The Welsh Government has ruled out doing a budget deal with the Conservatives and will from now on only talk to Plaid Cymru and the Liberal Democrats.
It’s no surprise that a Labour government would find it difficult to reach any such agreement with the Conservatives, but it’s still a significant step to rule it out in public at this stage.
According to a Welsh Government source, talks with the other two parties have been ‘constructive and positive throughout’ even though they joined forces to defeat the government in the first Senedd vote on the budget proposals yesterday (Tuesday). That move is ‘understood’ as a negotiating tactic.
But the Conservatives’ wish list is dismissed – ‘they want to spend more money in every single area, in order to replicate what’s happening at Westminster,’ the source said.
Well the Tories aren’t taking that lying down. A senior Welsh Conservative told me,
They (Labour) have clearly woken from their slumber and are hitting out because of their crass incompetence at losing the vote yesterday.
And the Conservative leadership is clearly also stung by that ‘replicating Westminster’ jibe.
A source close to the leader, Andrew RT Davies, said that it was ‘remarkable’ to infer that from a single meeting in which only ‘Welsh Conservative ideas’ were put forward with a view to building a broad consensus.
And the same accusation of Westminster string-pulling is being fired right back. The message from Mr Davies is that,
Carwyn Jones might have to take instructions from Peter Hain; I only take instructions from my members.
That single meeting, I gather, took place on Wednesday 19th October.
According to the Conservatives it was clear from ‘the body language and tone’ of Carwyn Jones and his advisers, that it was only being held as ‘a courtesy.’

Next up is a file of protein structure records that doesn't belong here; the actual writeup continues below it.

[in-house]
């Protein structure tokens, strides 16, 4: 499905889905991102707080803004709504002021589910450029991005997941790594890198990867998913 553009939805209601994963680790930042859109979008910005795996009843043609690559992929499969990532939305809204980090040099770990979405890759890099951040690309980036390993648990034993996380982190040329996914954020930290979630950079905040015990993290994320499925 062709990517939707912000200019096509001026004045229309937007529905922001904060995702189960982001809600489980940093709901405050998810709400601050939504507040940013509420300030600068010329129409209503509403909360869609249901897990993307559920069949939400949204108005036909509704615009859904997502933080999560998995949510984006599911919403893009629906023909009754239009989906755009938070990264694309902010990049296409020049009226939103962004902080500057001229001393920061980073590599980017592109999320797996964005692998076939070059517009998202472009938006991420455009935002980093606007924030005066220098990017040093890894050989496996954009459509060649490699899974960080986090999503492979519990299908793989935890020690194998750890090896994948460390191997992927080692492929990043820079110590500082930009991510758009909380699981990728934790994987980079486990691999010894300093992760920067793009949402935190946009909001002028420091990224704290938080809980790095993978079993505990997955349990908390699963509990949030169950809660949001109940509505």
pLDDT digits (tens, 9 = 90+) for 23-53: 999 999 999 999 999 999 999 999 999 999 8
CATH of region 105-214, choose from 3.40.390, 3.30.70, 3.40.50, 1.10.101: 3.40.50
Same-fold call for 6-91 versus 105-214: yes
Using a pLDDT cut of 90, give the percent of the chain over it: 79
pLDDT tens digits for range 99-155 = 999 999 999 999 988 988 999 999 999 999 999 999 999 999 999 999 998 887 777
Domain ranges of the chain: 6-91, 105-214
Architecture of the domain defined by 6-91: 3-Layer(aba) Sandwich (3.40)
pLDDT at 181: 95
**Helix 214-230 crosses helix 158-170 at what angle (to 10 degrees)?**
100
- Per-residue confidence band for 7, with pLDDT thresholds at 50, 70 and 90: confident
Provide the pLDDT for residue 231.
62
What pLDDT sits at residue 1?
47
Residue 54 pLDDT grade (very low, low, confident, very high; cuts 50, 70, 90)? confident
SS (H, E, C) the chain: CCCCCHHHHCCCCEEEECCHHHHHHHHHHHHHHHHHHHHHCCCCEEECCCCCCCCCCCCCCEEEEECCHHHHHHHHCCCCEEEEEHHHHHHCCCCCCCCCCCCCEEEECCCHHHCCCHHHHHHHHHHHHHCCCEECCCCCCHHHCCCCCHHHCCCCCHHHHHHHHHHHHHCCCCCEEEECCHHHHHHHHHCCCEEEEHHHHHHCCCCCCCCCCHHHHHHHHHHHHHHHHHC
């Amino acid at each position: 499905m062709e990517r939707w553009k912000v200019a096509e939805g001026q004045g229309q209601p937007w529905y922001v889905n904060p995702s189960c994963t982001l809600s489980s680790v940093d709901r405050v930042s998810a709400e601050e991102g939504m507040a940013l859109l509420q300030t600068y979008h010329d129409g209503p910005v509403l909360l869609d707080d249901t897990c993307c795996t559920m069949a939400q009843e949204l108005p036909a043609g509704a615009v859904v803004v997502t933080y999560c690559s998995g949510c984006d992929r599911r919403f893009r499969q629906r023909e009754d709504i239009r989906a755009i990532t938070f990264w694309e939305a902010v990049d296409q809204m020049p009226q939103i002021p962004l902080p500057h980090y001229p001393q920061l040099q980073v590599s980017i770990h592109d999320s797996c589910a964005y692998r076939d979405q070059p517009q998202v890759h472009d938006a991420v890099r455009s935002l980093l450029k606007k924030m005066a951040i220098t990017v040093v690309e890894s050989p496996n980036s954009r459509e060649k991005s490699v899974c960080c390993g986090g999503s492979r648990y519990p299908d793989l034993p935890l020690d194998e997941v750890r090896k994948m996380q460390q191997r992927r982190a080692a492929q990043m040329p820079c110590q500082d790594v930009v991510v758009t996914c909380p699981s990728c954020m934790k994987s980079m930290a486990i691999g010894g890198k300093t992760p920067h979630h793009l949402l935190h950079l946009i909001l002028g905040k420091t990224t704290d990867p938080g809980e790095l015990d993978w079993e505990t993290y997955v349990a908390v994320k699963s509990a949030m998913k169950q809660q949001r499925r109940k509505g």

In contrast, I understand there have been several separate meetings between the First Minister, Plaid’s leader Ieuan Wyn Jones and the leader of the Lib Dems, Kirsty Williams.
In fact he spoke to them both immediately after yesterday’s vote and further meetings are planned for next week.
There have also been ‘chats’ between the opposition leaders this week with a view to holding discussions next week.
That’s because, talks – such as they were – may be over between the Conservatives and Labour, but the joint work of the united opposition goes on.
I’m told by the other parties that ‘nothing has changed’ in the relations between the three. Researchers are working together ‘on various ideas’ about what can be delivered.
Andrew RT Davies has said publicly that he fully expects one of the other two to reach a deal with Labour on the budget and wouldn’t blame them either.
But he sees the working relationship which has been established as vital for the long term to demonstrate that ‘we CAN work as a block when we NEED to work as a block.’
And over the next few years, as Carwyn Jones’ Labour government trying to push through spending plans and legislation without a majority of votes, that’s what might turn out to be really significant.